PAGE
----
I believe the evidence is irrefutable that Steven Avery murdered Teresa Halbach. But what did the ID Discovery Channel have to say about it in their January 30 one-hour special devoted to the crime?
One of the more miraculous feats of the TV presentation is how Investigation Discovery presented in one hour most of the information contained in the 10-part Netflix series “Making of a Murderer.” And far more.
As a long time armchair crime fighter, I’m glad I didn’t waste my time watching the extended version. ID Discovery presented a great deal more information than Making of a Murder co-creators Moira Demos and Laura Ricciardi had, and in far less time.
RECAP: Frustrated with the stonewalling of Leyland school headmistress Leslie Graham, Anne Blaine goes first to the police and then to the newspapers.
She’s announced to anyone who would listen that her son was raped at a party celebrating the basketball team’s success. The party was hosted by Kevin LacCroix, a black teenager from a wealthy family.
Headmistress Leslie Graham is worried more about the reputation of the prestigious private school than she is for Taylor Blaine, the alleged victim of sexual assault. Class privilege, sexual identity, and race are all part of the combustible mix of ingredients that form the basis for the series drama “American Crime.”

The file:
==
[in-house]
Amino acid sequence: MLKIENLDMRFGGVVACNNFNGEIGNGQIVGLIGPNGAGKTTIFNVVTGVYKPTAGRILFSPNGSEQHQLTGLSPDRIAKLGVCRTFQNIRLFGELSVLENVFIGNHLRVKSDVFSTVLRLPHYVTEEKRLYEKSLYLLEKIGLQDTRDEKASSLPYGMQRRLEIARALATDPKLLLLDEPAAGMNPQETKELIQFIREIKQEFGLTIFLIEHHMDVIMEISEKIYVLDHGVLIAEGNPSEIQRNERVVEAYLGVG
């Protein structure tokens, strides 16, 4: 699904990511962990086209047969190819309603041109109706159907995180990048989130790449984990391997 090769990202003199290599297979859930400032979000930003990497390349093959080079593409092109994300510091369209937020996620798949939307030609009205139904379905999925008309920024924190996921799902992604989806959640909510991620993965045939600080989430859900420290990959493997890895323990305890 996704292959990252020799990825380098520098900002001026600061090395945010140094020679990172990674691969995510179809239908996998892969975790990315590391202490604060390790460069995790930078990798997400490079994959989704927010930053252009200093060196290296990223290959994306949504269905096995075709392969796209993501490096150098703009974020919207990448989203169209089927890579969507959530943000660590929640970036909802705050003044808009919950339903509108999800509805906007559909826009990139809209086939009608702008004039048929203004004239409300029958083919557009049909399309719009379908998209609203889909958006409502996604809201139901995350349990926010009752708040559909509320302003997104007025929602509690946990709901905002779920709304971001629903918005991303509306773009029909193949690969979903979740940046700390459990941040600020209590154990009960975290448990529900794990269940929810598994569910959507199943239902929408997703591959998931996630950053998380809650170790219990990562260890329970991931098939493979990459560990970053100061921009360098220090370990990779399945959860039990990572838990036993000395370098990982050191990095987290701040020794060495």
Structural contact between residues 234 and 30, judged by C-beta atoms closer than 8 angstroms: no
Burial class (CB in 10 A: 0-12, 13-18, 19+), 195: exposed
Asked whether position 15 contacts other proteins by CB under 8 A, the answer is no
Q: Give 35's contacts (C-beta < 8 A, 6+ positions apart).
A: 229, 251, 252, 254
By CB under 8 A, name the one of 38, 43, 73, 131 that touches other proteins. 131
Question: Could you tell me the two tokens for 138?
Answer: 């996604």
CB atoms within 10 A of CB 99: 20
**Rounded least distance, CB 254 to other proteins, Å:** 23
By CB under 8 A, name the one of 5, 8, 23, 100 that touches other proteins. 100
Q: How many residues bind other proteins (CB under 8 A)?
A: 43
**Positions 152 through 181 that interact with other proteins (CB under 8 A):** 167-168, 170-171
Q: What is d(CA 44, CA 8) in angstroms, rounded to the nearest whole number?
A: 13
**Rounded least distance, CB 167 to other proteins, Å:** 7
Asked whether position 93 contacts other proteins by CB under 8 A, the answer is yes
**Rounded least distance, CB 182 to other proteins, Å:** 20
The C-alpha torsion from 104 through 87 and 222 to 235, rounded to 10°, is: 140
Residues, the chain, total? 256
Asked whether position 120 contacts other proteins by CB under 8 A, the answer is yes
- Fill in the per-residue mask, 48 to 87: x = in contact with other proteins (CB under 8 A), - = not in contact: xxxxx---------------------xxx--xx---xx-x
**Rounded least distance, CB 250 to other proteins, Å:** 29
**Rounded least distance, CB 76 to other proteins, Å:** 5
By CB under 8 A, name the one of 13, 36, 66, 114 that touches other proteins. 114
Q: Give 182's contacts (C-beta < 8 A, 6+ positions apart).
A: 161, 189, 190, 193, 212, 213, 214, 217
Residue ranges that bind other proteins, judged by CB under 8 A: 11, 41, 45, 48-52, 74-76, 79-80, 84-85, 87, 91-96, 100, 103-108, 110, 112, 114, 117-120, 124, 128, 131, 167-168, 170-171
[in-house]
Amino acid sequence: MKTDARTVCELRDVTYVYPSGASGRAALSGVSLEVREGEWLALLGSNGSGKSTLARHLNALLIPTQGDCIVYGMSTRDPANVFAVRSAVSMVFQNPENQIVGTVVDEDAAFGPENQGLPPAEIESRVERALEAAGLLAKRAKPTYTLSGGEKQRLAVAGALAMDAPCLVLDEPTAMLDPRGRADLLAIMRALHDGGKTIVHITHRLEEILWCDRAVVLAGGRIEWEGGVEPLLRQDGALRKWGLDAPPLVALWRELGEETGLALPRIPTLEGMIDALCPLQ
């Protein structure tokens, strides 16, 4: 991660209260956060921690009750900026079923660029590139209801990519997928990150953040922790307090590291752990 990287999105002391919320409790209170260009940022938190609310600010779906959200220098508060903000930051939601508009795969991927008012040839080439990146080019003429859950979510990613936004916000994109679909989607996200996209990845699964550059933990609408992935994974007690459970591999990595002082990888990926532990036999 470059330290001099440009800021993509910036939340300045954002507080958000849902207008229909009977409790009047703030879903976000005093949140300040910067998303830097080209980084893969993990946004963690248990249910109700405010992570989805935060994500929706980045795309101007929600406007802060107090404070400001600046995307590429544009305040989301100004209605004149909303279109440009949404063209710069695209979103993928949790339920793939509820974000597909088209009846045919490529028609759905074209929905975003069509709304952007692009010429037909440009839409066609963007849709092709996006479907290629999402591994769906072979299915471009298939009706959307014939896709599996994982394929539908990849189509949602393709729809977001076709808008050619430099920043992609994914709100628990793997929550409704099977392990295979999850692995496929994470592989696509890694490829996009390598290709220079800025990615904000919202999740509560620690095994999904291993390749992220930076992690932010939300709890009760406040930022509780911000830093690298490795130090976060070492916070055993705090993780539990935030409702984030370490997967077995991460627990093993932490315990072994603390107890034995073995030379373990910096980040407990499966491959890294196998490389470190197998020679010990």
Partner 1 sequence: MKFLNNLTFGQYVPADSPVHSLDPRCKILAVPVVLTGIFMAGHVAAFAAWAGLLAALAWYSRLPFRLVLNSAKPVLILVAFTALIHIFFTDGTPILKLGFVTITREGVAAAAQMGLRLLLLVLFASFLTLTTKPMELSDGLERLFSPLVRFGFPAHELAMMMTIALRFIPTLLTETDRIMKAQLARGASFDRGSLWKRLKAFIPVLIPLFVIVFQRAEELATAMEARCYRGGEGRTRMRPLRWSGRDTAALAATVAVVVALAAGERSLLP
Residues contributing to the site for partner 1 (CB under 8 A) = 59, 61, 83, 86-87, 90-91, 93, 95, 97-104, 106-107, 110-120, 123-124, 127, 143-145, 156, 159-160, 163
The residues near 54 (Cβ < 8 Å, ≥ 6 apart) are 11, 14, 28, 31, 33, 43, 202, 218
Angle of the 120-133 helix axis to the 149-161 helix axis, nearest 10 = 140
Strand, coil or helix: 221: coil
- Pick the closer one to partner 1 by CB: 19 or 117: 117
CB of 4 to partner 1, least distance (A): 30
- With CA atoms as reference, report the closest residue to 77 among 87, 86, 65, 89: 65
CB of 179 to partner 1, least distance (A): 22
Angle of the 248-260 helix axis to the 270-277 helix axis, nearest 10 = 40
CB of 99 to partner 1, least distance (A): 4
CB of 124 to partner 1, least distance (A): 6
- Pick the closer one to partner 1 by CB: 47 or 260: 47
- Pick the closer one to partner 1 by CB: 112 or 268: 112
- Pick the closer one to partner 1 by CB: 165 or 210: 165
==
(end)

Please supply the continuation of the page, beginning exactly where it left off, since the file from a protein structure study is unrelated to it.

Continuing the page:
REVIEW AND RECAP AMERICAN CRIME 2.3
EPISODE 3: The Times-Herald newspaper has sent a reporter to get the story about the alleged sexual assault of Taylor Blaine at the exclusive Leyland private school. Taylor’s mom tells the reporter she doesn’t want her kid’s name in the news so the reporter must work around that limitation. There are major problems at the LaCroix house when Kevin LaCroix, age 18, is mentioned in the story. Kevin’s enraged dad stops short of throttling Kevin who insists he had nothing to do with whatever really happened to Taylor Blaine.
The Times-Herald reporter goes to the headmistress to get the school’s version. Leslie tells the reporter she took action to suspend team co-captain Eric, and then engages in a bit of victim blaming. The kid (Taylor Blaine) had no business binge-drinking, she says.
One of the many things contributing to the popularity of the series is the clever way it’s presented. Lots of in-your-face close-ups, foreboding off-screen voices, jarring camera shots all contribute to a feeling of audience unease. This kind of cinematography can sometimes wreck a film or make it seem pretentious, but here the austere documentary style is consistent and works to advantage. Whoever’s directing the camerawork has the right intuition, knowing when to pull back as well as when to put you up close. It’s all very uncomfortable, of course, just as things can be in real life.